Note that there is a concept of a Variable Length Array (VLA). gcc, for instance, supports them as an extension, but they are non-standard C++. It gets periodically proposed though, and you can see this question for more information about them.

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1  
A much better answer than the one currently most upvoted. – SergeyA Mar 23 at 13:41
    
Maybe you could also add infos about the behaviour of the sizeof operator (e.g. sizeof(p) == sizeof(int *) vs sizeof(q) == 10*sizeof(int)) – king_nak Mar 23 at 15:57
    
@king_nak I don't see that as adding additional information, given that the types are already listed. It's the types that are important. – Barry Mar 23 at 16:35
    
It is another distinguishing property of allocated and declared arrays. Beginners quite often try to get the number of elements in an allocated array using sizeof(arr), which will not give the correct result. I just thought it is worth mentioning – king_nak Mar 23 at 16:50
    
@king_nak I would say that type is the distinguishing property. Size is a function of the type. – Barry Mar 23 at 17:43

When creating an array whose memory is managed by compiler, its size must be (compile time) constant. For ex:

int a[5];
const int sz = 7;
int b[sz] = {0};

(Some languages for ex: C (C99 onwards) support dynamic array size)

If you want a dynamically sized array (Example snippet given by you), you need to allocate memory for it by yourself you'll also need to free it with delete when you're done. Size of such arrays can be non-const also. Moreover you need to manage the memory by yourself, allocation may fail and operators (for example sizeof) would operate on the pointer rather than array.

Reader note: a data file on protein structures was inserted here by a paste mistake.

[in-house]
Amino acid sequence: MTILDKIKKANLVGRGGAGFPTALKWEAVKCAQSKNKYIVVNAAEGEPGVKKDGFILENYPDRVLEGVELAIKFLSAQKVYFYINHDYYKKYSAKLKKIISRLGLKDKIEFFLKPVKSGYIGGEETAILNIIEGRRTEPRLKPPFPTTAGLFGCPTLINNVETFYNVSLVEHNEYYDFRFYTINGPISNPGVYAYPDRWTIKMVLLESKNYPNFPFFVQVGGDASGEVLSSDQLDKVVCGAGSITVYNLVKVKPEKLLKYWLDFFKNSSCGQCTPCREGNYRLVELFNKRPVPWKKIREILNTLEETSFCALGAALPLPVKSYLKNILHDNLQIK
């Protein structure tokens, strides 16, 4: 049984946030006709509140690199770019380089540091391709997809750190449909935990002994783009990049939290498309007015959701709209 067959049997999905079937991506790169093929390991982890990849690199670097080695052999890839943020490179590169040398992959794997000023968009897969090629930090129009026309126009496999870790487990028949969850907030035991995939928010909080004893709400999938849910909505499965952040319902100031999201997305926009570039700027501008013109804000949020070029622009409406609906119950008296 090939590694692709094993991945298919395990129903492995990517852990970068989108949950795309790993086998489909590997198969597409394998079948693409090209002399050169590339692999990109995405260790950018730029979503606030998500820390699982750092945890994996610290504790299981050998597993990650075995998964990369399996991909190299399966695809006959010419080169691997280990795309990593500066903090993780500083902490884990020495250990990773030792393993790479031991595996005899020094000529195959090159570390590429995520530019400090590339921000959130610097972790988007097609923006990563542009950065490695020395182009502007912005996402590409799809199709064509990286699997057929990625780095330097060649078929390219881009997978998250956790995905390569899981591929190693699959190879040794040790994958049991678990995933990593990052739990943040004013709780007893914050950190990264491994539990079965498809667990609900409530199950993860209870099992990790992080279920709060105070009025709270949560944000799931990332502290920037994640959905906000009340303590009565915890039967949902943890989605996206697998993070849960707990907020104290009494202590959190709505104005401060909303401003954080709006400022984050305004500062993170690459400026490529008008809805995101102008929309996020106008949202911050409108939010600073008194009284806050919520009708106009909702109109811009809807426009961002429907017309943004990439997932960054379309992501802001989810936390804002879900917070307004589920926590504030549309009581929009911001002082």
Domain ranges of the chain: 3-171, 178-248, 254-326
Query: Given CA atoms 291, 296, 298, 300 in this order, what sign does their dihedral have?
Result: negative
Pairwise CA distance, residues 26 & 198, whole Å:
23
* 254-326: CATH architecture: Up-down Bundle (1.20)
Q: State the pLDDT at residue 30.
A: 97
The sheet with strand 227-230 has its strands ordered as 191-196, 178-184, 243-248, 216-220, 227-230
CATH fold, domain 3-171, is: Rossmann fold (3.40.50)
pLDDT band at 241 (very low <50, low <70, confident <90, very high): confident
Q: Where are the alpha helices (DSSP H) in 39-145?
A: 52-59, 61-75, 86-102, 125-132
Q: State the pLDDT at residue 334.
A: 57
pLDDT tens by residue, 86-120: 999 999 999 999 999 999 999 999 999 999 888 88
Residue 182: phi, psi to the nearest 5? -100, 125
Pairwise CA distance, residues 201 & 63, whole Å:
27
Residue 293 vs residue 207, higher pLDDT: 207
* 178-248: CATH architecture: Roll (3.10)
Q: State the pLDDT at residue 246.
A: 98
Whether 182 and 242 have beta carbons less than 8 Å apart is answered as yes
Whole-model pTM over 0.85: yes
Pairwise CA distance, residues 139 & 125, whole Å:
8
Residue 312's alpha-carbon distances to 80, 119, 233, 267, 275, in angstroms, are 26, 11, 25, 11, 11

In modern C++ (C++11 onwards), even stl container std::array must have a constant size.

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The quote

The size of an array must be a constant expression.

is talking about an array declaration, such as

double a[EXPR];

where EXPR must indeed be a constant or constexpr (C has variable-length arrays, but they're not part of standard C++).

The expression you mention as a counter-example,

new double[s]

is not an array, despite the []. It is a new-expression, and yields a pointer, not an array. You didn't show the definition of v.elem, but I can tell it's a pointer-to-double.

Note from the linked discussion on new expressions that

If type is an array type, all dimensions other than the first must be specified as positive {something like an integral constant - detail elided}.

So the type referred to above is double[s], which is explicitly allowed.

Admittedly the difference between an array, and the array type passed to a new expression is a little subtle, but you can't conflate them just because of the [], any more than you can claim that

map["key"]

violates something by declaring an array with length "key".